Nobody Told Me: Poetry and Parenthood

Amazon.co.uk Price: £8.19 (as of 27/11/2020 16:25 PST- Details)

‘This book should be required reading for anyone thinking of having a baby, or even anyone who knows someone who is thinking of having a baby’Scotland on Sunday’Fascinating and honest’Mumsnet’Like talking to a friend’ObserverWinner of the Ted Hughes Award for New Work in PoetryThere were many things that Hollie McNish didn’t know before she was pregnant. How her family and friends would react; that Mr Whippy would be off the menu; how quickly ice can melt on a stomach. These were on top of the many other things she didn’t know about babies: how to stand while holding one; how to do a poetry gig with your baby as a member of the audience; how drum’n’bass can make a great lullaby. And that’s before you even start on toddlers. But Hollie learned.And she’s still learning, slowly. Nobody Told Me is a collection of poems and stories; Hollie’s thoughts on raising a child in modern Britain, of trying to become a parent in modern Britain, of sex, commercialism, feeding, gender and of finding secret places to scream once in a while.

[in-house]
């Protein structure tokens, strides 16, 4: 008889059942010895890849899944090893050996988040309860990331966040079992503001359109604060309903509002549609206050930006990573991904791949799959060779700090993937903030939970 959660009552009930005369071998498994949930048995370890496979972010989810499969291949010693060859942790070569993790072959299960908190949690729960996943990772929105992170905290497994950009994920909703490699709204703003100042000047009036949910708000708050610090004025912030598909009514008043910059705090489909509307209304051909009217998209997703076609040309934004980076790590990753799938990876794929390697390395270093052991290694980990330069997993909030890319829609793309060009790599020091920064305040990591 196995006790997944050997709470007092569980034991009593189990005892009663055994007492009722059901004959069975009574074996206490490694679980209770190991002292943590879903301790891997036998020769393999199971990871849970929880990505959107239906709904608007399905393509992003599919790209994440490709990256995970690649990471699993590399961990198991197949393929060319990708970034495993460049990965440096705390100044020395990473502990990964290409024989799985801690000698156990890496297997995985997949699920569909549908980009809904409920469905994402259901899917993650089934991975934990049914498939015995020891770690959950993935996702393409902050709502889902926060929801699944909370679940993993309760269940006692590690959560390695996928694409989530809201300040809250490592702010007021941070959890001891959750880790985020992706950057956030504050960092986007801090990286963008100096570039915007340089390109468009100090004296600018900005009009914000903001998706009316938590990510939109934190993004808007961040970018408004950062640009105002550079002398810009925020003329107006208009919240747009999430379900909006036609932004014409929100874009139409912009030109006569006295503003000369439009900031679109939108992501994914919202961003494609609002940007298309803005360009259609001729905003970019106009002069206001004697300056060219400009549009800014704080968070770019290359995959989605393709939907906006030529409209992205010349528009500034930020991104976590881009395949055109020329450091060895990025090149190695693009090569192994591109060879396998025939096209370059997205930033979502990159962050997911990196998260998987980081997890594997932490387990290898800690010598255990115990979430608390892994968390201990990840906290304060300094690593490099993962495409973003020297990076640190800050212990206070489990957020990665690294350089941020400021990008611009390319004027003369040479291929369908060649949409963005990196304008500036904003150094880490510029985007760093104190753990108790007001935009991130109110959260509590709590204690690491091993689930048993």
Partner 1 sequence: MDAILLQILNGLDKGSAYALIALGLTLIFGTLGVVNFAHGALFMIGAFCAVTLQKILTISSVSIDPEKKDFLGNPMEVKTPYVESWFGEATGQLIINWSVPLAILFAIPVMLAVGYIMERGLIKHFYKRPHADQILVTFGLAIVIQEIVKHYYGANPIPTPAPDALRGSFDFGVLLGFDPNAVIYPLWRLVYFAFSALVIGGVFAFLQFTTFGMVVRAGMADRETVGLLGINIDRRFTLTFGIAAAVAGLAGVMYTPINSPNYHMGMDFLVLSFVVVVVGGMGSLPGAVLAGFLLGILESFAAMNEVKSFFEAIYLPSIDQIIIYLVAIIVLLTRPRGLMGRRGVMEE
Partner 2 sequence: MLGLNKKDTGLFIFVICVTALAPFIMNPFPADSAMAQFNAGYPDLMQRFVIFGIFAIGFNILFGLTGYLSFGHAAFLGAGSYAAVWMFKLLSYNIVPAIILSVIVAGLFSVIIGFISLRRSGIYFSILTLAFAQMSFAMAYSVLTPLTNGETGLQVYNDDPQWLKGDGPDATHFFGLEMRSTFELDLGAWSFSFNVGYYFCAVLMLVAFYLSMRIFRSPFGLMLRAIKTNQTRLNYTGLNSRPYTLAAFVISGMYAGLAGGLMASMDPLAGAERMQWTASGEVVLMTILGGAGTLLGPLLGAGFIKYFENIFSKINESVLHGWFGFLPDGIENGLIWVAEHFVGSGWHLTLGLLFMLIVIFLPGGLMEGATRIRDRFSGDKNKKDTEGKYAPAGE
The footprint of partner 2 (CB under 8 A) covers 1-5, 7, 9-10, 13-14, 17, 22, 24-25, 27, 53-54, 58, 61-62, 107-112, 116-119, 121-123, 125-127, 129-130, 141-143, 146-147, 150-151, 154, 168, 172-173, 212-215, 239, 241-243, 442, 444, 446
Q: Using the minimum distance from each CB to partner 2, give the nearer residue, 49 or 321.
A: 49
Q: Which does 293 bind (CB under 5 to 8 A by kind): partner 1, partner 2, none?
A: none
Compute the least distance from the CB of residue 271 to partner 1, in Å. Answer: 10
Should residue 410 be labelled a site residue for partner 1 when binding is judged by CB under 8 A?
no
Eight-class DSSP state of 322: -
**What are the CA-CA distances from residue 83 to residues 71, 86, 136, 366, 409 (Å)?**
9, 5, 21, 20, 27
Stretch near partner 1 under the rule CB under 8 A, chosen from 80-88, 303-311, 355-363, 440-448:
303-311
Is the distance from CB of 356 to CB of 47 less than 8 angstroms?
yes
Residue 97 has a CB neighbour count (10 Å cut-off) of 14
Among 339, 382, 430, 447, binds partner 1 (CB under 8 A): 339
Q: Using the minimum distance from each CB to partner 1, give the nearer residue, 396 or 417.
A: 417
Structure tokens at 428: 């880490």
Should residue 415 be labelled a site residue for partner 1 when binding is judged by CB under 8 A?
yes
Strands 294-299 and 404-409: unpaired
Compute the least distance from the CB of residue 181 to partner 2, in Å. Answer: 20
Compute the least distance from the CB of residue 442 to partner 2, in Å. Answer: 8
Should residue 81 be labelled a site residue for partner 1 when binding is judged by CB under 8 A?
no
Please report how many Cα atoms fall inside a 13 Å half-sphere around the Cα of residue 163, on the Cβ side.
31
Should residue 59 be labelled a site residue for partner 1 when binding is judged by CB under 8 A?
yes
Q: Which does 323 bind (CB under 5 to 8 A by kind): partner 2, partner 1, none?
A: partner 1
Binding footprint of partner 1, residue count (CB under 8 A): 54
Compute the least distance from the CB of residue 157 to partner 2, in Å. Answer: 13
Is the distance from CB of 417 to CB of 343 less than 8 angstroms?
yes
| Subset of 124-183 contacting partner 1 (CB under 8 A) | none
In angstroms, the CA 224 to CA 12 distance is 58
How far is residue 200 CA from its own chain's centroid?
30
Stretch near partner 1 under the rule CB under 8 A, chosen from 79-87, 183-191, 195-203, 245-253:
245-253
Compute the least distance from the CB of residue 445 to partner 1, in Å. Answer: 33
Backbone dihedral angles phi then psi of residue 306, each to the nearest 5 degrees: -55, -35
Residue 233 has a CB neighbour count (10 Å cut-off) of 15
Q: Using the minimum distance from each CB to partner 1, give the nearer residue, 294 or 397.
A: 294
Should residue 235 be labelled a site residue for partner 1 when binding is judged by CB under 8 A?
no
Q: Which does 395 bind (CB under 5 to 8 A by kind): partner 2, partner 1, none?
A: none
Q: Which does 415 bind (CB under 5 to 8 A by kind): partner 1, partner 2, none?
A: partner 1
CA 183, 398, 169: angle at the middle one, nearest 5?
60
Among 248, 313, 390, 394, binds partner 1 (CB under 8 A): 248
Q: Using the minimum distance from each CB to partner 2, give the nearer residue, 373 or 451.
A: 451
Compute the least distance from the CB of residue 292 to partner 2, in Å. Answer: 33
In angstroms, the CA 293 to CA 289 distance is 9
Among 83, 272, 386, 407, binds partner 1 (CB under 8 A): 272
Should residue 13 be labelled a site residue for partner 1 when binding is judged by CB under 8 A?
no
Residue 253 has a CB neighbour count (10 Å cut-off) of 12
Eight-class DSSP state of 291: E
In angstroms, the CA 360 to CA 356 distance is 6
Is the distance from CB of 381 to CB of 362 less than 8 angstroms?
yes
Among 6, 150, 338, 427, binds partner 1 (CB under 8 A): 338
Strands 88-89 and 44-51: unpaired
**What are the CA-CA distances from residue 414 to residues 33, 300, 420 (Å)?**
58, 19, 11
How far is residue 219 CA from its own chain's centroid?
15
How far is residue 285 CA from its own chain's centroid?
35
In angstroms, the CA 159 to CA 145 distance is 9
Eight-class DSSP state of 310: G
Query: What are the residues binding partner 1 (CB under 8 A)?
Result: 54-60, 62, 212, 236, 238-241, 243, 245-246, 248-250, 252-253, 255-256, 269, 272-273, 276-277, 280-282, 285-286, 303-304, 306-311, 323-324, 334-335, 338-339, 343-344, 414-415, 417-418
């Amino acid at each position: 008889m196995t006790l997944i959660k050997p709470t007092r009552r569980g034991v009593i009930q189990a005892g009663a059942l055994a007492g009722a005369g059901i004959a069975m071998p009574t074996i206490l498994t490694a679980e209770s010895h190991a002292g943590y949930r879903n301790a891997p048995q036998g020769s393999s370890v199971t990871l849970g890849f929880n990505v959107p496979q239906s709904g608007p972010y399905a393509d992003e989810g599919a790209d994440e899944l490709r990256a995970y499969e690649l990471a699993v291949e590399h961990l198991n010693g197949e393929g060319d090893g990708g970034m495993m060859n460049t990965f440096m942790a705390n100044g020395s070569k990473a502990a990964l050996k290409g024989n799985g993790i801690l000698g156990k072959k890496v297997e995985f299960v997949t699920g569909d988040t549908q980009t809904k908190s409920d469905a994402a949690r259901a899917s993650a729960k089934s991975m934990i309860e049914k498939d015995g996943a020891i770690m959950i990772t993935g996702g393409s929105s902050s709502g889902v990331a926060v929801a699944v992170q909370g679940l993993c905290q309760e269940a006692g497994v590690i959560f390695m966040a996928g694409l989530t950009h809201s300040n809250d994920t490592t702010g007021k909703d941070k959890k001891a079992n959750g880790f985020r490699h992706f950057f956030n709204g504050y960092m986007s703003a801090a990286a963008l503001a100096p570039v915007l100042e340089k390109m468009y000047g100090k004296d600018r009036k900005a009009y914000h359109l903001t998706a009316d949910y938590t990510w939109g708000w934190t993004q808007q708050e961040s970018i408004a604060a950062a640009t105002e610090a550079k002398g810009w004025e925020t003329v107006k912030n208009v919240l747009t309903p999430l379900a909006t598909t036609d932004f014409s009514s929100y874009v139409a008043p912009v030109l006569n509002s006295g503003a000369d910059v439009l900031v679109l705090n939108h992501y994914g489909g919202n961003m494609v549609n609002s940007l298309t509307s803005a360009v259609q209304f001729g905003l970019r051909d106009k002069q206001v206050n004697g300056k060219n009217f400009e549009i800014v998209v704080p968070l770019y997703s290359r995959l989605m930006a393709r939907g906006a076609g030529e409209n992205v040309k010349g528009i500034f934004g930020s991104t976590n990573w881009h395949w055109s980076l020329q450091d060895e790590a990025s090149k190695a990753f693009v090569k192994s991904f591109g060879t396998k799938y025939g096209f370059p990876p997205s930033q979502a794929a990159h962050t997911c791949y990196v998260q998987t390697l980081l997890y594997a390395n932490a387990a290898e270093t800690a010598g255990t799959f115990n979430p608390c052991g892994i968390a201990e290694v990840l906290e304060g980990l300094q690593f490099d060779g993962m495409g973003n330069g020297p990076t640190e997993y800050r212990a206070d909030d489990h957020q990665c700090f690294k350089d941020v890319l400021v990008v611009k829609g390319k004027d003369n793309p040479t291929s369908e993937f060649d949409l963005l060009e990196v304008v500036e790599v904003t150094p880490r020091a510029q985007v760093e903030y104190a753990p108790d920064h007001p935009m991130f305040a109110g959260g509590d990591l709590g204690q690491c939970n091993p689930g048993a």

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‘This book should be required reading for anyone thinking of having a baby, or even anyone who knows someone who is thinking of having a baby’Scotland on Sunday’Fascinating and honest’Mumsnet’Like talking to a friend’ObserverWinner of the Ted Hughes Award for New Work in PoetryThere were many things that Hollie McNish didn’t know before she was pregnant. How her family and friends would react; that Mr Whippy would be off the menu; how quickly ice can melt on a stomach. These were on top of the many other things she didn’t know about babies: how to stand while holding one; how to do a poetry gig with your baby as a member of the audience; how drum’n’bass can make a great lullaby. And that’s before you even start on toddlers. But Hollie learned.And she’s still learning, slowly. Nobody Told Me is a collection of poems and stories; Hollie’s thoughts on raising a child in modern Britain, of trying to become a parent in modern Britain, of sex, commercialism, feeding, gender and of finding secret places to scream once in a while.

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